What is guilt? A stain upon the soul. And it is a point of vast interest whether the soul may contract such stains in all their depth and flagrancy from deeds which may have been plotted and resolved upon, but which physically have never had existence. Must the fleshly hand and visible frame of man set its seal to the evil designs of the soul, in order to give them their entire validity against the sinner? Or, while none but crimes perpetrated are cognizable before an earthly tribunal, will guilty thoughts—of which guilty deeds are no more than shadows,—will these draw down the full weight of a condemning sentence in the supreme court of eternity? In the solitude of a midnight chamber or in a desert afar from men or in a church while the body is kneeling the soul may pollute itself even with those crimes which we are accustomed to deem altogether carnal. If this be true, it is a fearful truth.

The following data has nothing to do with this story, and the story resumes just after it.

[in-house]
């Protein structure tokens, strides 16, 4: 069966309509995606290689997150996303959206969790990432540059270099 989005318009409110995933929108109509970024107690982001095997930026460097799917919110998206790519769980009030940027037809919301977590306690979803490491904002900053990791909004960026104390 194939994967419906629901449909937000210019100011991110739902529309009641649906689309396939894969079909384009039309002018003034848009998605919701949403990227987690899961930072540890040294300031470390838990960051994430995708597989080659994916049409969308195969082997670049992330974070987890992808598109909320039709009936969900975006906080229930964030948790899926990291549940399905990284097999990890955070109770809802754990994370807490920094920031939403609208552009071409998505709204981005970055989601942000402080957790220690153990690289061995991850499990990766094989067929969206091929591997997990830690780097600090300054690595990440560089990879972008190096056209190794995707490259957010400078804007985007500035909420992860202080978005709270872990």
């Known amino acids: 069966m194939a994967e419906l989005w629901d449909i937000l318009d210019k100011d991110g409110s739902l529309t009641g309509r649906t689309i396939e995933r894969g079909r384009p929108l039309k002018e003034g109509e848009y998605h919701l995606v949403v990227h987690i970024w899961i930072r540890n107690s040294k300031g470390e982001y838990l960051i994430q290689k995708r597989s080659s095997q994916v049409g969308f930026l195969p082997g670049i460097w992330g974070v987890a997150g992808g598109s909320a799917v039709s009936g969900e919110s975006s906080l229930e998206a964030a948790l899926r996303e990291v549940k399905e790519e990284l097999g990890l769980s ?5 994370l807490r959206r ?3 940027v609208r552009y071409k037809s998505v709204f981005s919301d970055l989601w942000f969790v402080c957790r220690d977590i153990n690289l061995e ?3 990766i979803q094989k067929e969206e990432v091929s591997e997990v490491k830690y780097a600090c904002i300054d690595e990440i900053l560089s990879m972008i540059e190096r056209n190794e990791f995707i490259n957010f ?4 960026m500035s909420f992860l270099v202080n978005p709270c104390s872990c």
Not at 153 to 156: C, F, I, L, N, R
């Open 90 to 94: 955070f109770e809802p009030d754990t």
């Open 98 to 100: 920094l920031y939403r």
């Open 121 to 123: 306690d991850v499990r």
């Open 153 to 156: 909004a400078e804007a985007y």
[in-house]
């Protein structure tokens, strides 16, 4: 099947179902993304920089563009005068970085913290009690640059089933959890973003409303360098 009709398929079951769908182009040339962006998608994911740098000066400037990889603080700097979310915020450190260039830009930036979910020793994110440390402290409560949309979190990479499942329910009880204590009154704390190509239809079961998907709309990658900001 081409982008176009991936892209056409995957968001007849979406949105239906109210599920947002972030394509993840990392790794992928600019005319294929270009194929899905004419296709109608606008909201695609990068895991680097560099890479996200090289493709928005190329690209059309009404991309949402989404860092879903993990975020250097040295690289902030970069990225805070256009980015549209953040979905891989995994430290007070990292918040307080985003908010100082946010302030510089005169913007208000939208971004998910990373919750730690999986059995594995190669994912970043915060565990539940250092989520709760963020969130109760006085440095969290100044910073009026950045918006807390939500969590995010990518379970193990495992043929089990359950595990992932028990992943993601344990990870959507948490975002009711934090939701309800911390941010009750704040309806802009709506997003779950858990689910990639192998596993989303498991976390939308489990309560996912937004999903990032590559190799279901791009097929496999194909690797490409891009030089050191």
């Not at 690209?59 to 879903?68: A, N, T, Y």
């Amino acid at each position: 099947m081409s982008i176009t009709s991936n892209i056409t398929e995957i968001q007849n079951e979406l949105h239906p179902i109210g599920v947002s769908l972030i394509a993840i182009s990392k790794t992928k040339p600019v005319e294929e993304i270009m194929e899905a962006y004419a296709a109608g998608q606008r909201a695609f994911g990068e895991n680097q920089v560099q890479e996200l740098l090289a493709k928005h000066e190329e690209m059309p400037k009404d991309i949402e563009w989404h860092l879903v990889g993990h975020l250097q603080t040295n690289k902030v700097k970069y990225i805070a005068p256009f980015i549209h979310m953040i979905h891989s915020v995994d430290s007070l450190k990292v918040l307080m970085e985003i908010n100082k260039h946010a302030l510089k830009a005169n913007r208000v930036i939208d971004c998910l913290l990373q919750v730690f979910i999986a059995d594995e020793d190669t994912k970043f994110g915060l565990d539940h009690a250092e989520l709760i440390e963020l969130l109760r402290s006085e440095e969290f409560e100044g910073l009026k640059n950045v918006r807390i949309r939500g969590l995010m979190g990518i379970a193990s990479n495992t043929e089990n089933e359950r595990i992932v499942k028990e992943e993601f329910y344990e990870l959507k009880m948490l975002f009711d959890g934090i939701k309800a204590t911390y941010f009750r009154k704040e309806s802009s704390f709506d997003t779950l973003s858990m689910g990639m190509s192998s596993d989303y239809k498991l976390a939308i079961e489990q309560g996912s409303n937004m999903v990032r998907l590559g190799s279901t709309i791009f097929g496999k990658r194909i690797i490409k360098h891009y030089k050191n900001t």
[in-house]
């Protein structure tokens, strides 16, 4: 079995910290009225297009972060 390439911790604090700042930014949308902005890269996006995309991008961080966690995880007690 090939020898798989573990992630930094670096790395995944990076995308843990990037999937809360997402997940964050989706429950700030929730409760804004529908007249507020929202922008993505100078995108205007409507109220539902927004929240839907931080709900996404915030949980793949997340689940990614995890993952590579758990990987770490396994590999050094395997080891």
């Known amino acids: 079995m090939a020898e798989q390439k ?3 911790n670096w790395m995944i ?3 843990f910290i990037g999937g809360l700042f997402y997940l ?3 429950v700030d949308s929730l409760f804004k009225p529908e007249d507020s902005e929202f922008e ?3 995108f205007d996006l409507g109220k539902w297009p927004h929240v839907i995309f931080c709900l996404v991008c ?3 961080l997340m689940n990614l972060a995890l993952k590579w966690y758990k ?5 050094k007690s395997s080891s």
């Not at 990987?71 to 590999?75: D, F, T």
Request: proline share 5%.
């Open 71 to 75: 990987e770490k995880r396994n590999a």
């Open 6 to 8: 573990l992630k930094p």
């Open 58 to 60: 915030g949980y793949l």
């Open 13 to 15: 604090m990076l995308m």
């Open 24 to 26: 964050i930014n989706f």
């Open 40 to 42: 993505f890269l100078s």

Let us illustrate the subject by an imaginary example. A venerable gentleman—one Mr. Smith—who had long been regarded as a pattern of moral excellence was warming his aged blood with a glass or two of generous wine. His children being gone forth about their worldly business and his grandchildren at school, he sat alone in a deep luxurious arm-chair with his feet beneath a richly-carved mahogany table. Some old people have a dread of solitude, and when better company may not be had rejoice even to hear the quiet breathing of a babe asleep upon the carpet. But Mr. Smith, whose silver hair was the bright symbol of a life unstained except by such spots as are inseparable from human nature—he had no need of a babe to protect him by its purity, nor of a grown person to stand between him and his own soul. Nevertheless, either manhood must converse with age, or womanhood must soothe him with gentle cares, or infancy must sport around his chair, or his thoughts will stray into the misty region of the past and the old man be chill and sad. Wine will not always cheer him. Continue reading